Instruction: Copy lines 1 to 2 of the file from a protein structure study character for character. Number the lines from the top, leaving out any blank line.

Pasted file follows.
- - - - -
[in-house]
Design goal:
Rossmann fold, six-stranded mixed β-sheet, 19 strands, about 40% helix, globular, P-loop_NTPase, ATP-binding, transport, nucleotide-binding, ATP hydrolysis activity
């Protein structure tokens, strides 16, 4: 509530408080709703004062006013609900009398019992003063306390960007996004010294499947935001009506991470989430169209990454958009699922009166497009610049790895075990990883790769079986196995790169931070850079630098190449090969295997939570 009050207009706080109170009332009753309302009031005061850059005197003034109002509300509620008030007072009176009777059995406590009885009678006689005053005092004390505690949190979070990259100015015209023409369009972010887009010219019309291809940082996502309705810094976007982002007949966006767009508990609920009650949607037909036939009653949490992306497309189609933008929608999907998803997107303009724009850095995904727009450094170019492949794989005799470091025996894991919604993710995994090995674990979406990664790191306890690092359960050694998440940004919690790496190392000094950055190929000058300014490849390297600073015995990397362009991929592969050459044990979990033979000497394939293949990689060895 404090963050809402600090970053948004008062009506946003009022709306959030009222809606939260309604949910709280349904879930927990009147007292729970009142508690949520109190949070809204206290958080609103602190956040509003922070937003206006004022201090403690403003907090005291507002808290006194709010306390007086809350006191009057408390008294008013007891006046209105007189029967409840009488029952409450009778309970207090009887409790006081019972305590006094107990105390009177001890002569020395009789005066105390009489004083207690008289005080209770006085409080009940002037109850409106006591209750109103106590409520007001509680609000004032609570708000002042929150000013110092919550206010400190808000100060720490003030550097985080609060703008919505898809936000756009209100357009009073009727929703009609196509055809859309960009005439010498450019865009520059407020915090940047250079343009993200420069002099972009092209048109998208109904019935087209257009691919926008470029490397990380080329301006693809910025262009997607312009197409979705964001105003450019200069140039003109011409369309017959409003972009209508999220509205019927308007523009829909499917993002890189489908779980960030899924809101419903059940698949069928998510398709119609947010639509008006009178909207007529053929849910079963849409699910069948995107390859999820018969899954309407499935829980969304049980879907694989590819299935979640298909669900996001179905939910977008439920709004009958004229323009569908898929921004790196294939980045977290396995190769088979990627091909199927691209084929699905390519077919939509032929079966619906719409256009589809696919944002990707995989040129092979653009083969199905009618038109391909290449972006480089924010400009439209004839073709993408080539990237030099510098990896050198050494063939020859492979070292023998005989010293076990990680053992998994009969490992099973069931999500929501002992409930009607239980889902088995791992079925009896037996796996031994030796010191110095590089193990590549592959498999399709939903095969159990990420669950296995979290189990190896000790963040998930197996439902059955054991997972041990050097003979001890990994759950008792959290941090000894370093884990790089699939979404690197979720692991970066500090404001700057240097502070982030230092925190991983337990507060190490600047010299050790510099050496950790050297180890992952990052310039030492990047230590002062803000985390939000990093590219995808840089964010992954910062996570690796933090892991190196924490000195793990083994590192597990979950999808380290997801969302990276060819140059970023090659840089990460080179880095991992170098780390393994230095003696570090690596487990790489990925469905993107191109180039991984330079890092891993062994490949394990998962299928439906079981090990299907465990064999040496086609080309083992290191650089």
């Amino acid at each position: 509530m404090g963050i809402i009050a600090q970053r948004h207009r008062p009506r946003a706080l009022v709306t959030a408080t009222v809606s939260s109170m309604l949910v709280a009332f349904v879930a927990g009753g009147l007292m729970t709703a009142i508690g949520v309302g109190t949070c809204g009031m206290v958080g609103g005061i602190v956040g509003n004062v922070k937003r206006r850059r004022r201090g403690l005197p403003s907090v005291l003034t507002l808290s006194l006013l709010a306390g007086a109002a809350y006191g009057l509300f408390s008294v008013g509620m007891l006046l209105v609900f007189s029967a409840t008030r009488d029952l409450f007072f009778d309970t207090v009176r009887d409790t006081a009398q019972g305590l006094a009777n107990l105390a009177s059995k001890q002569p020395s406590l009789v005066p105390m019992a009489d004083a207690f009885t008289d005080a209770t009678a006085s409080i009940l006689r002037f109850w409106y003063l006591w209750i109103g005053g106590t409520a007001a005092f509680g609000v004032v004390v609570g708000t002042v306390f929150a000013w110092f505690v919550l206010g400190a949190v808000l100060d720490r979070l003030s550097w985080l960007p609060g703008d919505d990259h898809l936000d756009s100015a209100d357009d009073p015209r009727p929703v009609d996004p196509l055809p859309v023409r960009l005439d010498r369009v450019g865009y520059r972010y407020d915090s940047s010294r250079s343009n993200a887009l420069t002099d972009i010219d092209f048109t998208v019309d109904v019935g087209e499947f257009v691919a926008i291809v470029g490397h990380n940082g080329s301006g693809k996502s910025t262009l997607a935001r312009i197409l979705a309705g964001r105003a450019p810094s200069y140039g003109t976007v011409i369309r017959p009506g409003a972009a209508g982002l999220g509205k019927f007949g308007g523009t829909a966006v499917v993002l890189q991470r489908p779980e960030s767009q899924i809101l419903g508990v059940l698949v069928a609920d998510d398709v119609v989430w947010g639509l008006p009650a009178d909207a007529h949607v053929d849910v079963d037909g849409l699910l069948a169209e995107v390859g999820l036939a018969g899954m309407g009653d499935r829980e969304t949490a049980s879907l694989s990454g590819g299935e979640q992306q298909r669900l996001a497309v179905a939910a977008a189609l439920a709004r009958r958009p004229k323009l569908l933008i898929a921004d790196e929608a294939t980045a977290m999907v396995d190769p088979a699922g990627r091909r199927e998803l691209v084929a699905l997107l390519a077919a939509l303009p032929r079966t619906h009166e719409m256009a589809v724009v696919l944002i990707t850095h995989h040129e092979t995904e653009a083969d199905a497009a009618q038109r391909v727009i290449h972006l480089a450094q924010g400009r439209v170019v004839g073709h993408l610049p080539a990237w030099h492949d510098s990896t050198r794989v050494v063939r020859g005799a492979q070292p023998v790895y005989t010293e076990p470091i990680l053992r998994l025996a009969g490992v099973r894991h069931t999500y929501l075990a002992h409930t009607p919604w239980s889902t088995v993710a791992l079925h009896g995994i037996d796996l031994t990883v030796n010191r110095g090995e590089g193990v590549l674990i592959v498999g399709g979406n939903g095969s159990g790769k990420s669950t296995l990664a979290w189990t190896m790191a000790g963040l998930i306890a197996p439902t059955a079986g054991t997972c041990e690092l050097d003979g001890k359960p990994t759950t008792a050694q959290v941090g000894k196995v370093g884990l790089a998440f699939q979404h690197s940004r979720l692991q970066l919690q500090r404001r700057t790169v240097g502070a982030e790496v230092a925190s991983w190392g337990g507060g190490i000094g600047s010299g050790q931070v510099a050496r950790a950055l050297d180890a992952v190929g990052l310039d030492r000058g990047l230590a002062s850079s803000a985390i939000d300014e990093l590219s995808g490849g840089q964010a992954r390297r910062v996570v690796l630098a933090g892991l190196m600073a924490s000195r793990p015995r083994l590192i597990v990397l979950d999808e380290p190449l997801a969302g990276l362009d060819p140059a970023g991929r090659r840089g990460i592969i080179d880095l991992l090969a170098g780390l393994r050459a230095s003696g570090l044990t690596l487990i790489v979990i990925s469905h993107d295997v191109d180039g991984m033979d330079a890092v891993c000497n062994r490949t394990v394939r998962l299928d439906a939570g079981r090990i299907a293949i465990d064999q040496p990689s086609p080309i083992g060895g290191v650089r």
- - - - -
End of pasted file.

[in-house]
Design goal: